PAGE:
The phrase “Judge not lest thou be judged” is apparently the most quoted verse in the Bible. I guess the reason is that anyone - Christian insider to “pagan” outsider - can lay claim to at least some measure of understanding of what it is to condemn someone or at least to criticise them. So it becomes translated as “Back off and leave me alone.”
Is that what the Bible teaches?
Someone recently sent me a gift. It was a t-shirt with “Love thy neighbour” on the front. On the back it developed the idea: “Love thy Muslim neighbour; love thy lesbian neighbour; love thy atheist neighbour…” I find it challenging and have not yet summoned up the courage to wear it when I’m preaching. What do you think?
When Jesus said “Love your neighbour,” he was immediately asked: “But who IS my neighbour?” And he told the familiar story of the Good Samaritan. Samaritans were outsiders. The Bible noted explicitly that “The Jews had no dealings with the Samaritans.” Why not? Because they were different. Because they were perceived as less than pure.
And so we arrive at the principle: “Do not judge, or you too will be judged. For in the same way you judge others, you will be judged, and with the measure you use, it will be measured to you.” (Matthew 7:1-2).
So what is “the measure you use”? It’s the way you think about people who are different to you.
The trouble is we nearly always get it wrong. Not everything is as it seems, and sometimes although one person looks weak, they might be strong, and another person might look a tad peculiar, but he might be one of the kindest people you’d ever meet.
Time is(as someone said recently) “slippery,” so we have to enjoy every second, love with all our hearts, all we can, while we can. When we make judgements, we’re inevitably acting on limited knowledge. Isn’t it best to seek to understand?
Perhaps we hold on to our criticism (or even hate) because we want to avoid dealing with our pain. Perhaps we believe that if we forgive too easily – or at all - we’re letting people walk all over us.
The trouble is that criticism can’t be isolated. Eventually it sprouts up in our physical health, our belief systems, and our life choices. It’s like a computer virus spreading across the hard drive, corrupting the whole. Criticismleft unaddressed will eventually mean a crash.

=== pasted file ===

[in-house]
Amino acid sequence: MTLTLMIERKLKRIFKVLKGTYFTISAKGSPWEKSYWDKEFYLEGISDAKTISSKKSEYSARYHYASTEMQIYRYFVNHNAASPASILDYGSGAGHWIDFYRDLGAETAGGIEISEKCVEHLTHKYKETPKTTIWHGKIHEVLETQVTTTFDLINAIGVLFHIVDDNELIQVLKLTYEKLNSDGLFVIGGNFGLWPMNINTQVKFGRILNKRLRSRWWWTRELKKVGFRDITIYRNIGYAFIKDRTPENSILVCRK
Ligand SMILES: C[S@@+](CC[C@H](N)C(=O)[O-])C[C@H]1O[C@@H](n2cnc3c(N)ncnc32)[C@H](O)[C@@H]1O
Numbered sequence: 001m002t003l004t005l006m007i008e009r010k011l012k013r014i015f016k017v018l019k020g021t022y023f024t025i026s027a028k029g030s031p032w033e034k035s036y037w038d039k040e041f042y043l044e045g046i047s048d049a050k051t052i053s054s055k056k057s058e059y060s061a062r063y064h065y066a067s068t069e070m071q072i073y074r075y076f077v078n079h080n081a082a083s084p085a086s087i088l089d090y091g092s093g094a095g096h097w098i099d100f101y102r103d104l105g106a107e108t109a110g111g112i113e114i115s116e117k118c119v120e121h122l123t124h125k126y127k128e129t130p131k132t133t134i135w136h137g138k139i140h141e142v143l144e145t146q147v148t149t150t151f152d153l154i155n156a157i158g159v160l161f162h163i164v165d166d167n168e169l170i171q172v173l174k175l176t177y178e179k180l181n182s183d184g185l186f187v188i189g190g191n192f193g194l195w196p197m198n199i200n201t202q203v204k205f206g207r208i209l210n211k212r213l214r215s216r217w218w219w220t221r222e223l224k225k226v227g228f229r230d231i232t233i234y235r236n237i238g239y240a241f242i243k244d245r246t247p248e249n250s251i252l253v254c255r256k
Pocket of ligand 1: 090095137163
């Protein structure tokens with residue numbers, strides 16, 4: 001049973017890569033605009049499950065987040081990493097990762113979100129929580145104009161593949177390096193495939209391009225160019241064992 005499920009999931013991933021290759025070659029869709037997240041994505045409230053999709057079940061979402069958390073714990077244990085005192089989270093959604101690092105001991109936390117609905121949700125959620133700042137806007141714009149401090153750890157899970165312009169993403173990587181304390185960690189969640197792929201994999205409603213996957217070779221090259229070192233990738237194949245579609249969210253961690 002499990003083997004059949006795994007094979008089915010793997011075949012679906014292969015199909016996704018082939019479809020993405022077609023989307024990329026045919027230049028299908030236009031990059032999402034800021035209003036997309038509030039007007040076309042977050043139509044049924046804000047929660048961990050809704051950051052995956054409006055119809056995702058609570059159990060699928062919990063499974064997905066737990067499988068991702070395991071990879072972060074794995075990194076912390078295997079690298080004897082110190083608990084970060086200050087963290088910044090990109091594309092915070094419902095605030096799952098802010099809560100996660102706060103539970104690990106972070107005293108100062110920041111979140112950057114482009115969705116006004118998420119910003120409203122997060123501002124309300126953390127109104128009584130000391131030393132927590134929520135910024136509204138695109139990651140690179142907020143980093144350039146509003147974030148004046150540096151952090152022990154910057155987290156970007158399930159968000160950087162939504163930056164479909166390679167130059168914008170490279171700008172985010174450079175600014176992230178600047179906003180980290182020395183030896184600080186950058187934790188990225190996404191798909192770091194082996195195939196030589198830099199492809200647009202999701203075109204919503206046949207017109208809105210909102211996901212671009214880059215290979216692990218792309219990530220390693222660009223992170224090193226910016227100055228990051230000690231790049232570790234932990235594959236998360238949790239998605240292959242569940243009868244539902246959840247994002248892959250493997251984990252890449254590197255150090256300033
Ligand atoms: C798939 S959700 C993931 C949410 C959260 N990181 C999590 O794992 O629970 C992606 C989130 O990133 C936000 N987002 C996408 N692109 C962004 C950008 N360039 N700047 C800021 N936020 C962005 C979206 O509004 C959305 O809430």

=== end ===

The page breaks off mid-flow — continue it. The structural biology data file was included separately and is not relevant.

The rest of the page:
When Jesus summons us to “be like little children,” he was calling for a radical reboot. Start again. Be born all over.
Our job on Earth isn’t to criticise, reject or judge. Our purpose is to offer a helping hand and show compassion. Loving someone can never be difficult; it’s when you judge the other person that everything tumbles. Finishing off with that James Patrick Kinney poem, The Cold Within:
Six humans trapped by happenstance
In bleak and bitter cold.
Each one possessed a stick of wood
Or so the story’s told.
Their dying fire in need of logs
The first man held his back
For of the faces round the fire
He noticed one was black.
The next man looking ‘cross the way
Saw one not of his church
And couldn’t bring himself to give
The fire his stick of birch.
The third one sat in tattered clothes.
He gave his coat a hitch.
Why should his log be put to use
To warm the idle rich?
The rich man just sat back and thought
Of the wealth he had in store
And how to keep what he had earned
From the lazy shiftless poor.
The black man’s face bespoke revenge
As the fire passed from his sight.
For all he saw in his stick of wood
Was a chance to spite the white.
The last man of this forlorn group
Did nought except for gain.
Giving only to those who gave
Was how he played the game.
Their logs held tight in death’s still hands
Was proof of human sin.
They didn’t die from the cold without
They died from the cold within.
If you withhold love as a form of punishment, who is being punished? It’s either bridges or fences.
Ken Baker is a writer and pastor living in Bandon, County Cork.